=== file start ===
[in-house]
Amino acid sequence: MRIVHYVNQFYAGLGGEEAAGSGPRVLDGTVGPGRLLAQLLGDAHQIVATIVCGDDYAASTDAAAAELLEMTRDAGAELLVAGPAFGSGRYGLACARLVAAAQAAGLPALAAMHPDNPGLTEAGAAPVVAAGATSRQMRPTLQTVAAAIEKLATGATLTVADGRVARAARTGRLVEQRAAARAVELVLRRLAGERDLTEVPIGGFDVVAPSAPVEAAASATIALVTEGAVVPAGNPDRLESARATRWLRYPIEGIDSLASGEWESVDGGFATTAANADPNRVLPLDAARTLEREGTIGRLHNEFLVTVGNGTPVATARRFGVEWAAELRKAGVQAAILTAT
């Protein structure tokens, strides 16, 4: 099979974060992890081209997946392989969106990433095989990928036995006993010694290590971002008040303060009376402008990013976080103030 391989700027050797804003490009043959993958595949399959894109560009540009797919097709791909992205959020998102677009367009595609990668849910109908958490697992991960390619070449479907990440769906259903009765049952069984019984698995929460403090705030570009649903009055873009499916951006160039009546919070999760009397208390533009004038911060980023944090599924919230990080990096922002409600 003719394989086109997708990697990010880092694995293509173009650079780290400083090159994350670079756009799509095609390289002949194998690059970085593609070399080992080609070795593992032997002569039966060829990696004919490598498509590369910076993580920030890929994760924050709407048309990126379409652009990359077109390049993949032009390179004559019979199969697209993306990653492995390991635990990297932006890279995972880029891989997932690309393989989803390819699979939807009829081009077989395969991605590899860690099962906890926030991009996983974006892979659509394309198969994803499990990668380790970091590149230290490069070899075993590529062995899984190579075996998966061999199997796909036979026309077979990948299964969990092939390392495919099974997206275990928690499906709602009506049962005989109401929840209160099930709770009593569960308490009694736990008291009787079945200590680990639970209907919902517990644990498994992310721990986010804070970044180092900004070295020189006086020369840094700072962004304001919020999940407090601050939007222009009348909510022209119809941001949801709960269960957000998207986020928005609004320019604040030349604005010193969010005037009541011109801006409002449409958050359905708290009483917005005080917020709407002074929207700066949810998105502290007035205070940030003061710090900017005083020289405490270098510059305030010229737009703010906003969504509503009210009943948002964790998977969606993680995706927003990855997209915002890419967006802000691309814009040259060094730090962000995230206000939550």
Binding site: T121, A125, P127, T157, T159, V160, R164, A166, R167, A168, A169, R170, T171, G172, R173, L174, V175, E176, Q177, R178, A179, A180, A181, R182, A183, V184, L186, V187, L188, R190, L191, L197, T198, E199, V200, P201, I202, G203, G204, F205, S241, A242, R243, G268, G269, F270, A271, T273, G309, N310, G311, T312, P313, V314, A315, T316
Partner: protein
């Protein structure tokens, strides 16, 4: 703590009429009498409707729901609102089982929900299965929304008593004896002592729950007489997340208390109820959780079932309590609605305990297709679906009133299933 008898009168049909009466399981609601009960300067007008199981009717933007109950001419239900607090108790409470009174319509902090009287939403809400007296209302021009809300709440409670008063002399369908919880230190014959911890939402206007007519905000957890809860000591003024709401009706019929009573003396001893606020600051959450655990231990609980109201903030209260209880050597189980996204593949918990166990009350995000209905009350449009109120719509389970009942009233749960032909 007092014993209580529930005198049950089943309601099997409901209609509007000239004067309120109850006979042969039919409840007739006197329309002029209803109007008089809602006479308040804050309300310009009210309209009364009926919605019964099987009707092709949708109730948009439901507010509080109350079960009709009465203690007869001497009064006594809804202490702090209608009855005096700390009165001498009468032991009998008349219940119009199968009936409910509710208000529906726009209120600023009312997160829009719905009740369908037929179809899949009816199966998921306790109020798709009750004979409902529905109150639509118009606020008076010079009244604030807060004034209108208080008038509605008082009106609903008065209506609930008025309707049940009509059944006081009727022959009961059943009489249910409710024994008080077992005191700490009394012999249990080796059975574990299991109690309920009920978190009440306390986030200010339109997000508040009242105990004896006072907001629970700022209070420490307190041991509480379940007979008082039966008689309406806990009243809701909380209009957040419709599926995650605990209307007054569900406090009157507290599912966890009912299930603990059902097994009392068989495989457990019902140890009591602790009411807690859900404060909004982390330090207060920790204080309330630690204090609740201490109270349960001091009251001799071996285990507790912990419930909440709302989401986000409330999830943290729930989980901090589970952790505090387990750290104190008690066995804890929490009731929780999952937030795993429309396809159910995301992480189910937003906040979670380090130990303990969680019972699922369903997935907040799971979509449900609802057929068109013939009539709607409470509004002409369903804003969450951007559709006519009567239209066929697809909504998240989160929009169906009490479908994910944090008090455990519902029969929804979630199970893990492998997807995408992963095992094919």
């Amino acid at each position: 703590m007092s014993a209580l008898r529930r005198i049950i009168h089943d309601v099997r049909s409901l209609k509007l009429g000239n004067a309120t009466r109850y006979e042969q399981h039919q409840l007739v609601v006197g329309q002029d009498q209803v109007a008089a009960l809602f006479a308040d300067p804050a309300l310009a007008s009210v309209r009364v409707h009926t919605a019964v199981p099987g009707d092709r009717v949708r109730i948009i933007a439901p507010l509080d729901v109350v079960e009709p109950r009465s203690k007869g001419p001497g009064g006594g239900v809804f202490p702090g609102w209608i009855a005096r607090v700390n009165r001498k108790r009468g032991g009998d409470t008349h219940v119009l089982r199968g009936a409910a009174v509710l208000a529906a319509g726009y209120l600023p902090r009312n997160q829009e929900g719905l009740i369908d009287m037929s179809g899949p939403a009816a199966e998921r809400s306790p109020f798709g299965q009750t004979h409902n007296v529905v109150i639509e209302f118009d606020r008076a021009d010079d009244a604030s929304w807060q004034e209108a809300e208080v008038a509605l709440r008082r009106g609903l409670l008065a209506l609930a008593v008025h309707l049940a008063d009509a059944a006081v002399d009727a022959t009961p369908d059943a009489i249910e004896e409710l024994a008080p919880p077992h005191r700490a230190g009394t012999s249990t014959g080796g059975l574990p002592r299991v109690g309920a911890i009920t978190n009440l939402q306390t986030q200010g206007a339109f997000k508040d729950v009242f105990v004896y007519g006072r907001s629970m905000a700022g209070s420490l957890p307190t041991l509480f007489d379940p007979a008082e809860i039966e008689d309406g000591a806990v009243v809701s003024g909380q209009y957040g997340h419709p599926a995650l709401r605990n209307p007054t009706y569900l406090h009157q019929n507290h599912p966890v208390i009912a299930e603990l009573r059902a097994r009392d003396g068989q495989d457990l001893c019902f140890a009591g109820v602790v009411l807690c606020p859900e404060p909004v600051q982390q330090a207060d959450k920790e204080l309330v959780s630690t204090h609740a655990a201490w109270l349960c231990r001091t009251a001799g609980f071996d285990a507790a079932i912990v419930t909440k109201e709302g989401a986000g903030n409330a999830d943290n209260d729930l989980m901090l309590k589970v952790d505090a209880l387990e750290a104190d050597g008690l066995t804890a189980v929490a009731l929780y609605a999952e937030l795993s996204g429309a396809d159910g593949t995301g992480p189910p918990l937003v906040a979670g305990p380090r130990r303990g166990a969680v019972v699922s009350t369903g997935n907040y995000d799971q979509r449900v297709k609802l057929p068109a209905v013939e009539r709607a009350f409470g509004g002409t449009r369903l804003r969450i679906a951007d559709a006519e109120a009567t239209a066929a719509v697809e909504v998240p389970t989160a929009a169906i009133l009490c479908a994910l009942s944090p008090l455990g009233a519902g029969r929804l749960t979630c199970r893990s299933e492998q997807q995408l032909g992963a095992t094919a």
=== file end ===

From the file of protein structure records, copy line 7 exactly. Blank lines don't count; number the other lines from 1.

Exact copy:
């Amino acid at each position: 703590m007092s014993a209580l008898r529930r005198i049950i009168h089943d309601v099997r049909s409901l209609k509007l009429g000239n004067a309120t009466r109850y006979e042969q399981h039919q409840l007739v609601v006197g329309q002029d009498q209803v109007a008089a009960l809602f006479a308040d300067p804050a309300l310009a007008s009210v309209r009364v409707h009926t919605a019964v199981p099987g009707d092709r009717v949708r109730i948009i933007a439901p507010l509080d729901v109350v079960e009709p109950r009465s203690k007869g001419p001497g009064g006594g239900v809804f202490p702090g609102w209608i009855a005096r607090v700390n009165r001498k108790r009468g032991g009998d409470t008349h219940v119009l089982r199968g009936a409910a009174v509710l208000a529906a319509g726009y209120l600023p902090r009312n997160q829009e929900g719905l009740i369908d009287m037929s179809g899949p939403a009816a199966e998921r809400s306790p109020f798709g299965q009750t004979h409902n007296v529905v109150i639509e209302f118009d606020r008076a021009d010079d009244a604030s929304w807060q004034e209108a809300e208080v008038a509605l709440r008082r009106g609903l409670l008065a209506l609930a008593v008025h309707l049940a008063d009509a059944a006081v002399d009727a022959t009961p369908d059943a009489i249910e004896e409710l024994a008080p919880p077992h005191r700490a230190g009394t012999s249990t014959g080796g059975l574990p002592r299991v109690g309920a911890i009920t978190n009440l939402q306390t986030q200010g206007a339109f997000k508040d729950v009242f105990v004896y007519g006072r907001s629970m905000a700022g209070s420490l957890p307190t041991l509480f007489d379940p007979a008082e809860i039966e008689d309406g000591a806990v009243v809701s003024g909380q209009y957040g997340h419709p599926a995650l709401r605990n209307p007054t009706y569900l406090h009157q019929n507290h599912p966890v208390i009912a299930e603990l009573r059902a097994r009392d003396g068989q495989d457990l001893c019902f140890a009591g109820v602790v009411l807690c606020p859900e404060p909004v600051q982390q330090a207060d959450k920790e204080l309330v959780s630690t204090h609740a655990a201490w109270l349960c231990r001091t009251a001799g609980f071996d285990a507790a079932i912990v419930t909440k109201e709302g989401a986000g903030n409330a999830d943290n209260d729930l989980m901090l309590k589970v952790d505090a209880l387990e750290a104190d050597g008690l066995t804890a189980v929490a009731l929780y609605a999952e937030l795993s996204g429309a396809d159910g593949t995301g992480p189910p918990l937003v906040a979670g305990p380090r130990r303990g166990a969680v019972v699922s009350t369903g997935n907040y995000d799971q979509r449900v297709k609802l057929p068109a209905v013939e009539r709607a009350f409470g509004g002409t449009r369903l804003r969450i679906a951007d559709a006519e109120a009567t239209a066929a719509v697809e909504v998240p389970t989160a929009a169906i009133l009490c479908a994910l009942s944090p008090l455990g009233a519902g029969r929804l749960t979630c199970r893990s299933e492998q997807q995408l032909g992963a095992t094919a």